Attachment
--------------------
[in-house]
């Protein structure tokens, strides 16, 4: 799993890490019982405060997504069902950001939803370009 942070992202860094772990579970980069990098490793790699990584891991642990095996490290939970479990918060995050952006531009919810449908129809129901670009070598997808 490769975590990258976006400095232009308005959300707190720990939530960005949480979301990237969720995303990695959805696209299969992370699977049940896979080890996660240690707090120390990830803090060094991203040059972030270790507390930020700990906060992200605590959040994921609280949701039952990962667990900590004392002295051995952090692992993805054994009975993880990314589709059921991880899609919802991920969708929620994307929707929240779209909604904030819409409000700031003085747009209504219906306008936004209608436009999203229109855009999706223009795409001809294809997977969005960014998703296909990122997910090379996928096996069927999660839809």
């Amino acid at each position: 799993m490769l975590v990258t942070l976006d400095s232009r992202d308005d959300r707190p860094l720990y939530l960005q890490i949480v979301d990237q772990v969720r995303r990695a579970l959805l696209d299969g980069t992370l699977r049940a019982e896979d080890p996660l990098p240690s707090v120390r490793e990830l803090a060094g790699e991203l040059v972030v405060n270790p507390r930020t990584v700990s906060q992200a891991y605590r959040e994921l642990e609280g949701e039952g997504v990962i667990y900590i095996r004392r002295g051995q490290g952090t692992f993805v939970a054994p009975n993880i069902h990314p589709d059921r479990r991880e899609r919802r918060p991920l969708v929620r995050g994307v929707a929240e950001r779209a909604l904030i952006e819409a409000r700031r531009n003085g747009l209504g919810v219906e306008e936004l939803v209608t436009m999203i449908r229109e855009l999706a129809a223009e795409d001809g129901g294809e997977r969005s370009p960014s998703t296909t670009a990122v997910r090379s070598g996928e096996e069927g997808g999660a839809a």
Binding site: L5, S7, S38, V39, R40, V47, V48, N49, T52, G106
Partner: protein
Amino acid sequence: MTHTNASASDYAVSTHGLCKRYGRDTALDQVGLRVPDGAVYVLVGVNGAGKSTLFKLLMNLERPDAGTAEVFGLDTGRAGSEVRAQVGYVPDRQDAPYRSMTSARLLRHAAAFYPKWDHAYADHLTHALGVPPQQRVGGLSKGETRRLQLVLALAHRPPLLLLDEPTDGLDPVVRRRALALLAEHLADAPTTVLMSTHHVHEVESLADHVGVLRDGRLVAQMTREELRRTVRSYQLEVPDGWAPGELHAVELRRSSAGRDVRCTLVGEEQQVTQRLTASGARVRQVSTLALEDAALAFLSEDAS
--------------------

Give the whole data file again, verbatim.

[in-house]
């Protein structure tokens, strides 16, 4: 799993890490019982405060997504069902950001939803370009 942070992202860094772990579970980069990098490793790699990584891991642990095996490290939970479990918060995050952006531009919810449908129809129901670009070598997808 490769975590990258976006400095232009308005959300707190720990939530960005949480979301990237969720995303990695959805696209299969992370699977049940896979080890996660240690707090120390990830803090060094991203040059972030270790507390930020700990906060992200605590959040994921609280949701039952990962667990900590004392002295051995952090692992993805054994009975993880990314589709059921991880899609919802991920969708929620994307929707929240779209909604904030819409409000700031003085747009209504219906306008936004209608436009999203229109855009999706223009795409001809294809997977969005960014998703296909990122997910090379996928096996069927999660839809």
């Amino acid at each position: 799993m490769l975590v990258t942070l976006d400095s232009r992202d308005d959300r707190p860094l720990y939530l960005q890490i949480v979301d990237q772990v969720r995303r990695a579970l959805l696209d299969g980069t992370l699977r049940a019982e896979d080890p996660l990098p240690s707090v120390r490793e990830l803090a060094g790699e991203l040059v972030v405060n270790p507390r930020t990584v700990s906060q992200a891991y605590r959040e994921l642990e609280g949701e039952g997504v990962i667990y900590i095996r004392r002295g051995q490290g952090t692992f993805v939970a054994p009975n993880i069902h990314p589709d059921r479990r991880e899609r919802r918060p991920l969708v929620r995050g994307v929707a929240e950001r779209a909604l904030i952006e819409a409000r700031r531009n003085g747009l209504g919810v219906e306008e936004l939803v209608t436009m999203i449908r229109e855009l999706a129809a223009e795409d001809g129901g294809e997977r969005s370009p960014s998703t296909t670009a990122v997910r090379s070598g996928e096996e069927g997808g999660a839809a």
Binding site: L5, S7, S38, V39, R40, V47, V48, N49, T52, G106
Partner: protein
Amino acid sequence: MTHTNASASDYAVSTHGLCKRYGRDTALDQVGLRVPDGAVYVLVGVNGAGKSTLFKLLMNLERPDAGTAEVFGLDTGRAGSEVRAQVGYVPDRQDAPYRSMTSARLLRHAAAFYPKWDHAYADHLTHALGVPPQQRVGGLSKGETRRLQLVLALAHRPPLLLLDEPTDGLDPVVRRRALALLAEHLADAPTTVLMSTHHVHEVESLADHVGVLRDGRLVAQMTREELRRTVRSYQLEVPDGWAPGELHAVELRRSSAGRDVRCTLVGEEQQVTQRLTASGARVRQVSTLALEDAALAFLSEDAS